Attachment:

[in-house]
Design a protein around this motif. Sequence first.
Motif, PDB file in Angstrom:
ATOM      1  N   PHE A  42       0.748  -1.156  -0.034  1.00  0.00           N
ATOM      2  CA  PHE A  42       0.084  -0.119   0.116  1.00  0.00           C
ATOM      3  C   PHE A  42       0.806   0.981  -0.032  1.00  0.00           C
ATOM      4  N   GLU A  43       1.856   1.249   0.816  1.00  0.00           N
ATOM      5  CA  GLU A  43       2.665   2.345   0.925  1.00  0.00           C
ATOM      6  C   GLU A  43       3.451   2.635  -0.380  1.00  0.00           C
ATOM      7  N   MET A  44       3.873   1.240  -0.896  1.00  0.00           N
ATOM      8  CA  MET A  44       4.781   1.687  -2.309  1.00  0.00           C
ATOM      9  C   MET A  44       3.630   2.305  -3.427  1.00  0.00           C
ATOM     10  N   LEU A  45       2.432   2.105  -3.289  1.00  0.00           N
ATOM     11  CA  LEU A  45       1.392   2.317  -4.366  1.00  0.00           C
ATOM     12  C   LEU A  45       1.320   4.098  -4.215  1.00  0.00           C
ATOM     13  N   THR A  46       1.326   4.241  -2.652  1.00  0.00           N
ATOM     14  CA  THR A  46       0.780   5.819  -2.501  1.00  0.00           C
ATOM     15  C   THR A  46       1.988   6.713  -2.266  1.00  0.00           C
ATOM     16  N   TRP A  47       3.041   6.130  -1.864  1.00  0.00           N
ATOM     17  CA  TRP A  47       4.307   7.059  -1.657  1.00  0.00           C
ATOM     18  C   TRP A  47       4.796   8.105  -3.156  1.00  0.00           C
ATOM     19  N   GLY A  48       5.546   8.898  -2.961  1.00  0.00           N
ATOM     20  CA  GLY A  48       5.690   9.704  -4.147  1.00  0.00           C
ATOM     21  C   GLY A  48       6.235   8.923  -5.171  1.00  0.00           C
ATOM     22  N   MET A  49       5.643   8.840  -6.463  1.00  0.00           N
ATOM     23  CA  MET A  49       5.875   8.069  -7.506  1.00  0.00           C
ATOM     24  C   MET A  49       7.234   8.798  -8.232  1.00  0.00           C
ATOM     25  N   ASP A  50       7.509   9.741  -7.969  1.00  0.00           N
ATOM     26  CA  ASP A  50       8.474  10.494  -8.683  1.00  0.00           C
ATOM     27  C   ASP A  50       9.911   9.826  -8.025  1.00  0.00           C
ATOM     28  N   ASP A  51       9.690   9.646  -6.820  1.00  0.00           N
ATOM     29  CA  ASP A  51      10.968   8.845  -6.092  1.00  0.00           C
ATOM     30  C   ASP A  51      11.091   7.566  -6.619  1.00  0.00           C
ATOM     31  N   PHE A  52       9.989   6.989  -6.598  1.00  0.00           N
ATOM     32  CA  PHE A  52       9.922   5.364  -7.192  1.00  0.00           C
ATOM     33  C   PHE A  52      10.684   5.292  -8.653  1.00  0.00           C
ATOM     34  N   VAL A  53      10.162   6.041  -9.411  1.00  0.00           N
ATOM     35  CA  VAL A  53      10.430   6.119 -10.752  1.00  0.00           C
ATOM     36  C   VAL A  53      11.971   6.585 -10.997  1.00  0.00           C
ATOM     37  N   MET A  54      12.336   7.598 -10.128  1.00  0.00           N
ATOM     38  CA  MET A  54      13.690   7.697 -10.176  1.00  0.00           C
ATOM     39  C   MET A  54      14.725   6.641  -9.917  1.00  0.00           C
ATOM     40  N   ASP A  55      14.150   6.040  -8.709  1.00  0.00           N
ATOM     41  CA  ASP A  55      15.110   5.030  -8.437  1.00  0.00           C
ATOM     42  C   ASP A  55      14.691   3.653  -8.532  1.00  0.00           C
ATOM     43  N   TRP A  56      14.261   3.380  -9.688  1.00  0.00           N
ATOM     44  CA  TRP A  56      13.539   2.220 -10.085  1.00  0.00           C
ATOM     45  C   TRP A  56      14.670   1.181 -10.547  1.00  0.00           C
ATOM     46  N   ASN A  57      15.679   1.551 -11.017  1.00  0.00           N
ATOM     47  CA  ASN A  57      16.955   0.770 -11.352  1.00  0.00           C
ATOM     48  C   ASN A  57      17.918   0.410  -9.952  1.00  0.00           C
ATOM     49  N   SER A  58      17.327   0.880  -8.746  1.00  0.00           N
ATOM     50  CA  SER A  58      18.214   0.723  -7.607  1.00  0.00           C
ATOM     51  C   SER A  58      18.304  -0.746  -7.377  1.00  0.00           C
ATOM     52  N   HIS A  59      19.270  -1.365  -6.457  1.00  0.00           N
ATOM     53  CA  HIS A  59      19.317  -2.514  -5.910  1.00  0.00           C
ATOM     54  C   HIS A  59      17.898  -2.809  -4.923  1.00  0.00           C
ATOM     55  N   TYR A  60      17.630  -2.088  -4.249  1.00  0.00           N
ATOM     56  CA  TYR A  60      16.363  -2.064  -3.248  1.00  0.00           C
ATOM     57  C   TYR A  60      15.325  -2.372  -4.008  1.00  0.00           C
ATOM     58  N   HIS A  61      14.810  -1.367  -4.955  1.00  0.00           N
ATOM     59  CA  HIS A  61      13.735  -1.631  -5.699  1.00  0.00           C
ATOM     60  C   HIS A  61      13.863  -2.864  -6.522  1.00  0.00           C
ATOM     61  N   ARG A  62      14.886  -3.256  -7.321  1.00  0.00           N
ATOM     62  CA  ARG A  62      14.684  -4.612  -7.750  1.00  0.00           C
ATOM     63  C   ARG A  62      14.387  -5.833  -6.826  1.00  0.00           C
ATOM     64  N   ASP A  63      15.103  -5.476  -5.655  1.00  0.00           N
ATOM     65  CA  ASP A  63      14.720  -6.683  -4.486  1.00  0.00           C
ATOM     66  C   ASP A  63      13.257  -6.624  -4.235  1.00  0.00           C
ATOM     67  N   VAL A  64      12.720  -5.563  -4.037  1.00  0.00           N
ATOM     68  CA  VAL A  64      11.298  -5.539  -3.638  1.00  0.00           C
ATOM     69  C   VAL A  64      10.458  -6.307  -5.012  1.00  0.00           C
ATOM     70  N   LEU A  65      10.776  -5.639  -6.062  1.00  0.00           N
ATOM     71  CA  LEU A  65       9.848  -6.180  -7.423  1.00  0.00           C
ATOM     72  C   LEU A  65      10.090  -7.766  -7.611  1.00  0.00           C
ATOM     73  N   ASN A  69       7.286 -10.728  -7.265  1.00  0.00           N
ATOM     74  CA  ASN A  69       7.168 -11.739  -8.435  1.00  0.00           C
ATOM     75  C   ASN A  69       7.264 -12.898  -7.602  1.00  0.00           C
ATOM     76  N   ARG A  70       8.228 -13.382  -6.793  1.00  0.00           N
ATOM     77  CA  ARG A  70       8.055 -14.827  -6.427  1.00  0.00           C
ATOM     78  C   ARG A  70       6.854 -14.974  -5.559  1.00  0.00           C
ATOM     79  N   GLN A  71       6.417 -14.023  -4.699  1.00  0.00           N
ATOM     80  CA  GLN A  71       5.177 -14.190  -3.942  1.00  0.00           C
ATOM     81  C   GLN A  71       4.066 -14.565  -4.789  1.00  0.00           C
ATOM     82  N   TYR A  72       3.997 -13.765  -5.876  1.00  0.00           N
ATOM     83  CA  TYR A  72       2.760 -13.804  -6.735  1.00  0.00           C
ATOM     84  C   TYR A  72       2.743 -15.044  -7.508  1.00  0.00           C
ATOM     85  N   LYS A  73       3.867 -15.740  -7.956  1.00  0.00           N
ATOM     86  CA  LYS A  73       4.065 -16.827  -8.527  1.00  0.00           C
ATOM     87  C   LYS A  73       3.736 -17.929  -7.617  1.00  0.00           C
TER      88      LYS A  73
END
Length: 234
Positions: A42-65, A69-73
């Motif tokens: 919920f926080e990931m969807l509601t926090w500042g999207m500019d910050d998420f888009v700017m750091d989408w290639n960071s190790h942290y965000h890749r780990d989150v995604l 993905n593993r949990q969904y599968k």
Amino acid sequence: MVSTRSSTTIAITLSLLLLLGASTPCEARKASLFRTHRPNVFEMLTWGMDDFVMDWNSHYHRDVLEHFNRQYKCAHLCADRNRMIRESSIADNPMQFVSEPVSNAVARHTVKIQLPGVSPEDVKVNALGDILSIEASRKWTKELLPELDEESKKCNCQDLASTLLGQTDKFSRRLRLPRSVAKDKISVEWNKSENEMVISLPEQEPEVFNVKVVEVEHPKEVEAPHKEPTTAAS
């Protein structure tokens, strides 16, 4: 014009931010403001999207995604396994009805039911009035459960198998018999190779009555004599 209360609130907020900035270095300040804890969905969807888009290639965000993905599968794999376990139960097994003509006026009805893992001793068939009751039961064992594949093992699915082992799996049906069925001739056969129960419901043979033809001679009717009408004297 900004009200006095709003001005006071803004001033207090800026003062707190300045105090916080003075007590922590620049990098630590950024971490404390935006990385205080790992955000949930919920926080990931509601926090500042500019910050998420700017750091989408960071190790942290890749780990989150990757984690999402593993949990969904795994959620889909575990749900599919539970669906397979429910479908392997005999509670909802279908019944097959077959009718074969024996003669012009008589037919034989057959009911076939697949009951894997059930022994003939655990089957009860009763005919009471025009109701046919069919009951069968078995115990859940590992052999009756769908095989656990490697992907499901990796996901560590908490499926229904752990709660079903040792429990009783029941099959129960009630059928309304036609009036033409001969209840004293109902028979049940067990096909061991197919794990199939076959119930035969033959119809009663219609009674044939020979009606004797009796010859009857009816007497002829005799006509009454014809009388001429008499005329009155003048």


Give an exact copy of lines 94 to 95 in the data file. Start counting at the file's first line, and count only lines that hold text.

Positions: A42-65, A69-73
């Motif tokens: 919920f926080e990931m969807l509601t926090w500042g999207m500019d910050d998420f888009v700017m750091d989408w290639n960071s190790h942290y965000h890749r780990d989150v995604l 993905n593993r949990q969904y599968k």